The lands that are now Independence Township were originally part of Hopewell Township and the Village of Independence (in the general area of where Village Road and Independence Road meet today) was the site of the only voting place for all of Hopewell Township. This proved a travel hardship in those days for people living on the far side of Hopewell Township and the citizens petitioned the courts to divide Hopewell. On October 19,1848 Independence Township was born when it was officially chartered as a municipal government, within the Commonwealth of Pennsylvania, consisting of 23.66 square miles or approximately 15,143 acres. Raccoon Creek, Service Creek and Raredon Run flow through the Township. Although Independence Township has soil rich in limestone, sandstone and shale it had no workable coal deposits so the people got that commodity from Hanover or Hopewell Townships. Early settlers, in the 1800s, fled to Fort Dillon, south of Frankfort Springs during Indians raids. The Township’s population in 1890 was approximately 932 and had over 10,000 acres of cleared land.
The Township had two post offices during the 1800s until Rural Delivery began. One was the ‘Seventy Six’ post office located in the Village of Seventy Six, also known as the Village of Independence, and one was the ‘Duluth’ post office located in the Duluth settlement which was near the present day intersection of Route 151 and Independence Road.
The New Bethlehem United Presbyterian Church was organized June 19,1865 in the Bocktown School House by Rev. J.M. Witherspoon. The church building was erected in 1869 where it stands today at the intersection of New Bethlehem Church Road, Pickens Road and Church Hill Road. The Bocktown School building also still stands near the intersection of Route 151 and Church Hill Road. In addition to the Bocktown School the Township had five other one-room schools Gorsuch, Butler, Backbone, Independence and Hardscrabble.
The Village of Independence, aka theVillage of Seventy Six, is an area rich in history having had the Seventy Six post office which was located in the Reed-Hood house, vacant for many years but still standing, next to Morley’s Auto Repair; a blacksmith shop; a grist mill on Raccoon Creek where the mill race is still visible; and a covered bridge over Raccoon Creek until it came down in about 1947.
The original Township building, aptly named “Independence Hall”, circa 1920, was located on Independence Road near the intersection with Ridge Road and served as the seat of local government and community social hall. This structure still stands but is no longer owned by the Township, it presently houses Kaufmann’s Gun Shop.
Please excuse any errors or omissions as this brief historical sketch was comprised of information found in old Township files. There is surely much more history and countless stories to be told but they may never be heard unless the history makers of old passed them along. “Listen closely to the stories of the aged ones for therein lies the lessons of history.”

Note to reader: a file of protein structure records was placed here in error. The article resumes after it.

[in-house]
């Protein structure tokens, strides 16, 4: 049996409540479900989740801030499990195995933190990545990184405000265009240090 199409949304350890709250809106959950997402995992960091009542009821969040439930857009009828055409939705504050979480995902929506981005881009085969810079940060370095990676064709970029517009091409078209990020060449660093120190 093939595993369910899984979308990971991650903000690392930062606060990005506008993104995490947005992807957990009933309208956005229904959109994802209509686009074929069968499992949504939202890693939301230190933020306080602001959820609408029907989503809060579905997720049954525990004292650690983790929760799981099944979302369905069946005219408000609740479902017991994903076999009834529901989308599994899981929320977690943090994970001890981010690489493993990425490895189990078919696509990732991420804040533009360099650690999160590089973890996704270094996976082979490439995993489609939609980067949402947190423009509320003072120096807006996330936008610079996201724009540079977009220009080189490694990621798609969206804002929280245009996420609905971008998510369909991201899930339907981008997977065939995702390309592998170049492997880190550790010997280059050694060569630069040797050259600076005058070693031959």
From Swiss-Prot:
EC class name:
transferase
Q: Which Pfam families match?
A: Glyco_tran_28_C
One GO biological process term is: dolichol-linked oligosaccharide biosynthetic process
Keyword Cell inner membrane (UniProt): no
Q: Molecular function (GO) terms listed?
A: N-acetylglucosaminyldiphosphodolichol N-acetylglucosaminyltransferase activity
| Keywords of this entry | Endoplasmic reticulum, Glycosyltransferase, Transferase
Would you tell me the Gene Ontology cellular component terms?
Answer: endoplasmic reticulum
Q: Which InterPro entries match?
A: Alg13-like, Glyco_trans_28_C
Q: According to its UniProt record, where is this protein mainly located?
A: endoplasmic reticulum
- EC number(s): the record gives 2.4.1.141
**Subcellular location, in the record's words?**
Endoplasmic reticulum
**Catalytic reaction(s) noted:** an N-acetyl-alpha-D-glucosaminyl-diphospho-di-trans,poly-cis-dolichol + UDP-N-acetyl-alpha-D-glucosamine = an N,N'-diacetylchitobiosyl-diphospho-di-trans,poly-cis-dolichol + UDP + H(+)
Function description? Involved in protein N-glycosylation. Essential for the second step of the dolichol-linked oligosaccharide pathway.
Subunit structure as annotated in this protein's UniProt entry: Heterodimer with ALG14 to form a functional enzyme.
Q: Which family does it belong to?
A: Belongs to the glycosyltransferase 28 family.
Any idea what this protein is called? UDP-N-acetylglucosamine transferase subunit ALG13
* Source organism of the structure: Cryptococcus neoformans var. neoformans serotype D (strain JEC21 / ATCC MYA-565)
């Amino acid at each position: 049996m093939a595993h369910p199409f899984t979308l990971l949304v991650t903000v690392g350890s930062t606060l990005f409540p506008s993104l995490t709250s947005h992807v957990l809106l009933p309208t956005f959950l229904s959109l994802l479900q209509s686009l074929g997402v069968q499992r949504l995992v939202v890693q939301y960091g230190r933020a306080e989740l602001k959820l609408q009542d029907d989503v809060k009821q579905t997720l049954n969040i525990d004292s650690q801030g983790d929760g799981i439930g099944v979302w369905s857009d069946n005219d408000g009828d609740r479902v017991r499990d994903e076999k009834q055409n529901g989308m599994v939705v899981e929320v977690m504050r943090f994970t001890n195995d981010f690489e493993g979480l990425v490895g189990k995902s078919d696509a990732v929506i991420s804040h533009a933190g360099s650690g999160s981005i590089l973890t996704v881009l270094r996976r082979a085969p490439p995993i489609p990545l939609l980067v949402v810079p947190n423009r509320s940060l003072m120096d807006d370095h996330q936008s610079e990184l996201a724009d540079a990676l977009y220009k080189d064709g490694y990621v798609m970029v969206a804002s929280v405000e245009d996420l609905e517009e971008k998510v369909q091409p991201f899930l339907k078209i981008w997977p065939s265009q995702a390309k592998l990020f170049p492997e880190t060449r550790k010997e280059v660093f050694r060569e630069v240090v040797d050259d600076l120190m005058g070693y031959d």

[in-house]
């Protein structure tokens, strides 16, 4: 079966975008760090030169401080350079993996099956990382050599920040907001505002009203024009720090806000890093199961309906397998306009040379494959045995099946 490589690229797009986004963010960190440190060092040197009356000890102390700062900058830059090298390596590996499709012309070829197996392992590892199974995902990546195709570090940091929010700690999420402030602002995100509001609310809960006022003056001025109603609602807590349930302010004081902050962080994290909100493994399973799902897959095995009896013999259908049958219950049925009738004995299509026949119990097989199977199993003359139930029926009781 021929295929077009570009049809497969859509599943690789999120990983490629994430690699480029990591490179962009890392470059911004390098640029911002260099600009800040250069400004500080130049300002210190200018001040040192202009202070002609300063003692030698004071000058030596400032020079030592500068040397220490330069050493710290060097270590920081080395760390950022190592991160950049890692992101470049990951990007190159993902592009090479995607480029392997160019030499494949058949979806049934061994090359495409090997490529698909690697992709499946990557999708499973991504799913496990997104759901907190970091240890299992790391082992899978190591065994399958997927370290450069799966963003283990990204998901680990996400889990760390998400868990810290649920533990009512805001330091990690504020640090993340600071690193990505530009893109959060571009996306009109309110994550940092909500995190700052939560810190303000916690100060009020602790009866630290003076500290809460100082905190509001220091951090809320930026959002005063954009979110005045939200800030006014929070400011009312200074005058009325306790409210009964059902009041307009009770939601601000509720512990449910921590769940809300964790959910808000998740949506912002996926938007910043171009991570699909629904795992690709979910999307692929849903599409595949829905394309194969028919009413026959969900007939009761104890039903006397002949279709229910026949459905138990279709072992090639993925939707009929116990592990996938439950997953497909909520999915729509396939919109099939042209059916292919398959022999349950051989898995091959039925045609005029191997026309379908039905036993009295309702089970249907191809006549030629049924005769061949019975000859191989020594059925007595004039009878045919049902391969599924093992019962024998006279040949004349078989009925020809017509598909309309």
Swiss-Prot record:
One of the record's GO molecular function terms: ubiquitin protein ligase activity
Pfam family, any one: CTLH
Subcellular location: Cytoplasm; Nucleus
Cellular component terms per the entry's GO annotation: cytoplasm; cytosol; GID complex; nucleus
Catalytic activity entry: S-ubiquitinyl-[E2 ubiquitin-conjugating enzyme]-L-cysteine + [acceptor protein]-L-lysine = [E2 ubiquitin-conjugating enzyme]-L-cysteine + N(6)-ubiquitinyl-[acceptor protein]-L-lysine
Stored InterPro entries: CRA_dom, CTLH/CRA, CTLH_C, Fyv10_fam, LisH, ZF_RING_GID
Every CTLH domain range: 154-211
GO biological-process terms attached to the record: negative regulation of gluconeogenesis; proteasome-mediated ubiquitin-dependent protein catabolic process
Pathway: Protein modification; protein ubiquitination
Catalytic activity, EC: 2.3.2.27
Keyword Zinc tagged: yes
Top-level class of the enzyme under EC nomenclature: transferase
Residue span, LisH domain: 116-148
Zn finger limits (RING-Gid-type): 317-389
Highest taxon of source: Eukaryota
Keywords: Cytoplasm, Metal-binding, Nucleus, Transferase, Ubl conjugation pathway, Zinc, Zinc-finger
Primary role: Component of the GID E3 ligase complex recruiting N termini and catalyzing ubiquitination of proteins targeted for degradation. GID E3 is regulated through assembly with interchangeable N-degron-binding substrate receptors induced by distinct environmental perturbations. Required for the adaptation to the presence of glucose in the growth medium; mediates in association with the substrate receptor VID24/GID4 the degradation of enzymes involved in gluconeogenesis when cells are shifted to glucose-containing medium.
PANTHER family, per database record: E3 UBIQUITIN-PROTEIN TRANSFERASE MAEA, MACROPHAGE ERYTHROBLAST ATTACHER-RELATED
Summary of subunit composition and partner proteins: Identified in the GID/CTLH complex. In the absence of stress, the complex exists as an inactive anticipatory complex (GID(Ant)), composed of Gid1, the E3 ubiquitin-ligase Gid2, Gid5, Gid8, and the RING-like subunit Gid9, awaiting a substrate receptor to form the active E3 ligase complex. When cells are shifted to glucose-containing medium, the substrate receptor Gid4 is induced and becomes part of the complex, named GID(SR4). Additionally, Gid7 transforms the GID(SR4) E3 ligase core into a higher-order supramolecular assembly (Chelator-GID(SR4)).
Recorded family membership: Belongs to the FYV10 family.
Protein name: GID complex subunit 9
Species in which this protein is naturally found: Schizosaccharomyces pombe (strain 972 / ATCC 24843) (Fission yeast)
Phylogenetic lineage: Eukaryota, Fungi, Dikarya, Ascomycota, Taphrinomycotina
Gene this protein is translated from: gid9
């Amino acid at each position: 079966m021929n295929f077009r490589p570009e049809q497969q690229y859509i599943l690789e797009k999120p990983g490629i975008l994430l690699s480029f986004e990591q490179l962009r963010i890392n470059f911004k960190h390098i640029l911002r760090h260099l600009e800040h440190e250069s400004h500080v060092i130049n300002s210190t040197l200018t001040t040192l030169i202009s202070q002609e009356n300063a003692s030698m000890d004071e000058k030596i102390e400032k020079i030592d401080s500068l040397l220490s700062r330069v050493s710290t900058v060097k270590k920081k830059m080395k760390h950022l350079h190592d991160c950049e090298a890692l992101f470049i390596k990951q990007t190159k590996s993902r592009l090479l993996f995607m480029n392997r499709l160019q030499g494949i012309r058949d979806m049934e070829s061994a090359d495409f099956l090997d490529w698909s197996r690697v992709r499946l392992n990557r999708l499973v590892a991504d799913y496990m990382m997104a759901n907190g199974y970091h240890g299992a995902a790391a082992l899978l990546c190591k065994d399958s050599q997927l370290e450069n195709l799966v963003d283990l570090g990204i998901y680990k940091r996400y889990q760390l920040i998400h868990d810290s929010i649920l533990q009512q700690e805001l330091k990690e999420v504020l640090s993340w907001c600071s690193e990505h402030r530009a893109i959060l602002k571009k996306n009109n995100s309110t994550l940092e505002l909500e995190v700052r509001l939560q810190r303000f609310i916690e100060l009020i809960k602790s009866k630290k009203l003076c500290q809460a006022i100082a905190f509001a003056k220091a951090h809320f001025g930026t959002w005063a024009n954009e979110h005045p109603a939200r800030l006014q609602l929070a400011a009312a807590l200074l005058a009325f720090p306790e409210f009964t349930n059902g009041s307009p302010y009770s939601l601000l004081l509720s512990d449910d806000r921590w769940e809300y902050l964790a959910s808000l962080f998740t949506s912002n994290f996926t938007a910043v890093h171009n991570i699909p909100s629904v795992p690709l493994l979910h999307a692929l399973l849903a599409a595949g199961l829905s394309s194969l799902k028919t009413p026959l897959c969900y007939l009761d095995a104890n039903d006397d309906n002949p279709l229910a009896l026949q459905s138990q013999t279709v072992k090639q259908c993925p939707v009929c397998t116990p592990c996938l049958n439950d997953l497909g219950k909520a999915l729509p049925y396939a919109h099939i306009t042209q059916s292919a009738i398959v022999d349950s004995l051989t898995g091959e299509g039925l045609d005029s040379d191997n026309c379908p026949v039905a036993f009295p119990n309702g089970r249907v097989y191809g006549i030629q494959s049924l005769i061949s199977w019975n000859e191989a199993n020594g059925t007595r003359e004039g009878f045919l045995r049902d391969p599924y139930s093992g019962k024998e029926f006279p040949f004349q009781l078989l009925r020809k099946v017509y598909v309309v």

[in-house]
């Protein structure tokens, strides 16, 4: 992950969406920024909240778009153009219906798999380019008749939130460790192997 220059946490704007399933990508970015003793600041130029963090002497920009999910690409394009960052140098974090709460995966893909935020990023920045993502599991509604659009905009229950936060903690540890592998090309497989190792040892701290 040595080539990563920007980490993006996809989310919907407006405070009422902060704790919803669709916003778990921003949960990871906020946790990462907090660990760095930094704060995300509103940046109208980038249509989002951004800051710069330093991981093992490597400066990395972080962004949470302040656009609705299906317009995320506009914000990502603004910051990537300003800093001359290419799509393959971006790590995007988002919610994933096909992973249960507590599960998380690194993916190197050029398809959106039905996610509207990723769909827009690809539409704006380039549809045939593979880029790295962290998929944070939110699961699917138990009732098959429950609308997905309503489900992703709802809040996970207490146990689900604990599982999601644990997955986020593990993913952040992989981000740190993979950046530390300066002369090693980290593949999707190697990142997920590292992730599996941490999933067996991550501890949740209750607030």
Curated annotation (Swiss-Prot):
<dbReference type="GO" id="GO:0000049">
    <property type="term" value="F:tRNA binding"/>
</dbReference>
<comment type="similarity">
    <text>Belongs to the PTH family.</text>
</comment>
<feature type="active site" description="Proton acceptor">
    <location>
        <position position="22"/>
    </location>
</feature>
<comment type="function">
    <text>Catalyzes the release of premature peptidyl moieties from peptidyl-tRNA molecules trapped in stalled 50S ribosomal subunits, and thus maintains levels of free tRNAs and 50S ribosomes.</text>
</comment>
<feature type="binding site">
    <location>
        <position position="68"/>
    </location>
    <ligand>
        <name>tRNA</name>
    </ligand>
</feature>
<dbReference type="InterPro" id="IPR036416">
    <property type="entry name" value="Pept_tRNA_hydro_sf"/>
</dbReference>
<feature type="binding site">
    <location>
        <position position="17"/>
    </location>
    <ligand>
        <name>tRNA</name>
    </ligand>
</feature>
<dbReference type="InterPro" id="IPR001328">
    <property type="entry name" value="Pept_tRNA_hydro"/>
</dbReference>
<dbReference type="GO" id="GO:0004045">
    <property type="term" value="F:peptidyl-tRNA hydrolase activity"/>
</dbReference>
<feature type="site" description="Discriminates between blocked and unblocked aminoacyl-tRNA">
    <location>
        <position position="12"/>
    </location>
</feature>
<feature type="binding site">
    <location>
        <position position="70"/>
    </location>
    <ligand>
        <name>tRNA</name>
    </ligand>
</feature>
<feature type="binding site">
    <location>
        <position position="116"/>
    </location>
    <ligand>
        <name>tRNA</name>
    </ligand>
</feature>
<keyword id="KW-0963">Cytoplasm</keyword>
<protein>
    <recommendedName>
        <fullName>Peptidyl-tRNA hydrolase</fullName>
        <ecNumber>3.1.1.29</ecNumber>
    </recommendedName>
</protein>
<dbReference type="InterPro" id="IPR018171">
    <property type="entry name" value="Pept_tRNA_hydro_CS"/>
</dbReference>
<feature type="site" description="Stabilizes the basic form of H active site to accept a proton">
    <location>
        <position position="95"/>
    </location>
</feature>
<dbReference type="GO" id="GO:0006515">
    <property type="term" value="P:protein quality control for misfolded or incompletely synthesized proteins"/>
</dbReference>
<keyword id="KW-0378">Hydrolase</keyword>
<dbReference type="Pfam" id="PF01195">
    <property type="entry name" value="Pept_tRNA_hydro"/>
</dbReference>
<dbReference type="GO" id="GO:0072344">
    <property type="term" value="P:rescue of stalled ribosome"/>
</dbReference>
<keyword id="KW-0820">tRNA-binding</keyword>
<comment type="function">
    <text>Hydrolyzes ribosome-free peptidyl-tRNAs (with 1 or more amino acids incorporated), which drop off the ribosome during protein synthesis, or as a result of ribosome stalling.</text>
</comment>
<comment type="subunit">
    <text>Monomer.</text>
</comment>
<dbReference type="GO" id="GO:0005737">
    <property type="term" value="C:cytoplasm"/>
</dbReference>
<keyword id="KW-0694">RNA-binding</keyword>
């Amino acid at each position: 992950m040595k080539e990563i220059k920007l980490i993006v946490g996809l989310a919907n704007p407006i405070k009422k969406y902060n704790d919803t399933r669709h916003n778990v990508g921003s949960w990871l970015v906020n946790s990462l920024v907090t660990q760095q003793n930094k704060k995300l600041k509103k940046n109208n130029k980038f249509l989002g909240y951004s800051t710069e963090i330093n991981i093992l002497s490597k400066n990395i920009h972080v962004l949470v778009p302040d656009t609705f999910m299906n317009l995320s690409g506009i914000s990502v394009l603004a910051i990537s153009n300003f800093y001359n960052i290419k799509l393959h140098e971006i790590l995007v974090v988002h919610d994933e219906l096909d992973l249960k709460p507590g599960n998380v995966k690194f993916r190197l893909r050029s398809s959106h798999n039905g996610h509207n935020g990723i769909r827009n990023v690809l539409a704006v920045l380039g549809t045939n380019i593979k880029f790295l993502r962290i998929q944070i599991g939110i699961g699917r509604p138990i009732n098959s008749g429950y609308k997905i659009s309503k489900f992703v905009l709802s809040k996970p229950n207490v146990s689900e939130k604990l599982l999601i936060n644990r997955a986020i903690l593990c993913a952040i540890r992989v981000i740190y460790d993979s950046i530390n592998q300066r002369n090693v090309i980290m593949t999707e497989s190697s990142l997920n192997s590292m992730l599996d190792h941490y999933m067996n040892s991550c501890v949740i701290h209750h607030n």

COURTESY OF BEAVER COUNTY BICENTENNIAL ATLAS
Independence Township occupies much of the Raccoon Creek Valley in southern Beaver County. Independence village, the site of "Seventy-Six" Post Office, was Hopewell Township's first polling place and chief village until that township was divided to form Independence Township in 1848. Forner's Mill, located here, was powered by water from a unique underground mill race. The blacksmith shop nearby was a Masonic Lodge for many years. The last covered bridge in Beaver County was also here until it collapsed in 1948.
George McElhaney, an Indian scout during the Revolutionary War, settled along Raccoon Creek south of Independence village shortly after the war. Nearby, the township's other village of note developed as Bock's Mill (later Bocktown). The post office here was called Duluth. Backbone School, one of the county's more interesting place names, was named for a high, narrow ridge in a loop of Raccoon Creek in the southwest corner of the township. New Bethlehem United Presbyterian Church, founded in 1865, is the township's oldest.
Industry in the township has been wholly related to agriculture, except for some petroleum wells in the southwest corner. The township changed little in the first part of the twentieth century, but evidence of the new growth has become visible in more recent years.
A massive dam was built on Service Creek in 1955 to provide water for the Ambridge Municipal Water Authority. New home construction is proceeding along Route 151 near the Independence Elementary School and westward.
In the begining there where three roads running through the Township. The earliest was Brodhead road running from Fort McIntosh near Beaver to the Monogahela river in Pittsburgh, another road ran from Beaver to Burettstown through Frankfort Springs, and the third was known as the Georgetown-Pittsburgh road which passed through Independence and by Service Church.
Reed-Hood House built in 1880 is the site of the original '76' post office for Independence Village, it is located on Independence Road.
Independence Hall built in 1920 is the original 'Seat of Government' and community social hall is located on Independence Road.